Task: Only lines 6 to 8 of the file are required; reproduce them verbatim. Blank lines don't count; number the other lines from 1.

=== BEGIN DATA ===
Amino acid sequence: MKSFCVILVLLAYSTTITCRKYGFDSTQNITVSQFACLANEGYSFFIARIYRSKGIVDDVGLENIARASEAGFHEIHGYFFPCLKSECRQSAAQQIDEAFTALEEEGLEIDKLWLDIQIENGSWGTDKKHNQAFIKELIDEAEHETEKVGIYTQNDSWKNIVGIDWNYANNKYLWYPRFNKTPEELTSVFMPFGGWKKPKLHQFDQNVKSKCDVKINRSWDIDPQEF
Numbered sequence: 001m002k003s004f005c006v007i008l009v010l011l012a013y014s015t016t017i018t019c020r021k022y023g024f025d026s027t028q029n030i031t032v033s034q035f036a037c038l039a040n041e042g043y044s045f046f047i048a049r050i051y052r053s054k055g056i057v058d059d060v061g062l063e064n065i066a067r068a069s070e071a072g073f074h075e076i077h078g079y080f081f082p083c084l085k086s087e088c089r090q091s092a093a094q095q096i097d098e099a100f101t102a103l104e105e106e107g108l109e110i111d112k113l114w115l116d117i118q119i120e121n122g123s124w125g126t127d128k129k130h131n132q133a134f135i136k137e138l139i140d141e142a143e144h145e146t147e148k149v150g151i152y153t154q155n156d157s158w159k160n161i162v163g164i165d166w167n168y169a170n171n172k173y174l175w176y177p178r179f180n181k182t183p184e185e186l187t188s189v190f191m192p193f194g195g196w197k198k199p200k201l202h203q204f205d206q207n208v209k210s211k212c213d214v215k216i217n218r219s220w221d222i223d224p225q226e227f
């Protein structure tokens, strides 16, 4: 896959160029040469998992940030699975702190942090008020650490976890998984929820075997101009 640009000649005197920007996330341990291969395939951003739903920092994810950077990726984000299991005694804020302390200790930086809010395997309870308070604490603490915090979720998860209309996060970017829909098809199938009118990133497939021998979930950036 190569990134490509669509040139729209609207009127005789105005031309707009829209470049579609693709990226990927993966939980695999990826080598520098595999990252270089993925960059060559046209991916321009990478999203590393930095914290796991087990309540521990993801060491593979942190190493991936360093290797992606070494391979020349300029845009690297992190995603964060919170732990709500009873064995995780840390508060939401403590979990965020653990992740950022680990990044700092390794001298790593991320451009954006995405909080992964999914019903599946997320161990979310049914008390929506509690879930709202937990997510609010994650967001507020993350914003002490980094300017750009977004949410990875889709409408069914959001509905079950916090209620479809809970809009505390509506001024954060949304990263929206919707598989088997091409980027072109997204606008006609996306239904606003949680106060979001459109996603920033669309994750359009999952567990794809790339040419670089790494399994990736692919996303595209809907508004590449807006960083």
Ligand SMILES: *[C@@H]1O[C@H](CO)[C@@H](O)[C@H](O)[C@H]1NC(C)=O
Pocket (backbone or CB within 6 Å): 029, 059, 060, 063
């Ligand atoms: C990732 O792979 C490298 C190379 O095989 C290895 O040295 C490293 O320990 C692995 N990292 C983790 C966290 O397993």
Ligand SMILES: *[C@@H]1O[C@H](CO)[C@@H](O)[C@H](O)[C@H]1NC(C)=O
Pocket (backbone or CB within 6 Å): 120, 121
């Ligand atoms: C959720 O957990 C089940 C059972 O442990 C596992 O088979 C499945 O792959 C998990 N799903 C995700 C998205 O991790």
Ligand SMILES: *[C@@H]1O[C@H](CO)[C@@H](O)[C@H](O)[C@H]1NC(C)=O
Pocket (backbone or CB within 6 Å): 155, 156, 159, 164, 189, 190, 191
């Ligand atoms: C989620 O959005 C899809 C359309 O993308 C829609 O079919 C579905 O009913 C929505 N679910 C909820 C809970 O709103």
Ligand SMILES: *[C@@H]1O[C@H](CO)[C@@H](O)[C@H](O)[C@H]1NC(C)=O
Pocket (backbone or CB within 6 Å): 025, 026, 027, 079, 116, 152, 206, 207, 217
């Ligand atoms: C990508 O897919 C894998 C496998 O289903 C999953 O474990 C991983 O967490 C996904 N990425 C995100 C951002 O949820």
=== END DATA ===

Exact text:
């Ligand atoms: C990732 O792979 C490298 C190379 O095989 C290895 O040295 C490293 O320990 C692995 N990292 C983790 C966290 O397993």
Ligand SMILES: *[C@@H]1O[C@H](CO)[C@@H](O)[C@H](O)[C@H]1NC(C)=O
Pocket (backbone or CB within 6 Å): 120, 121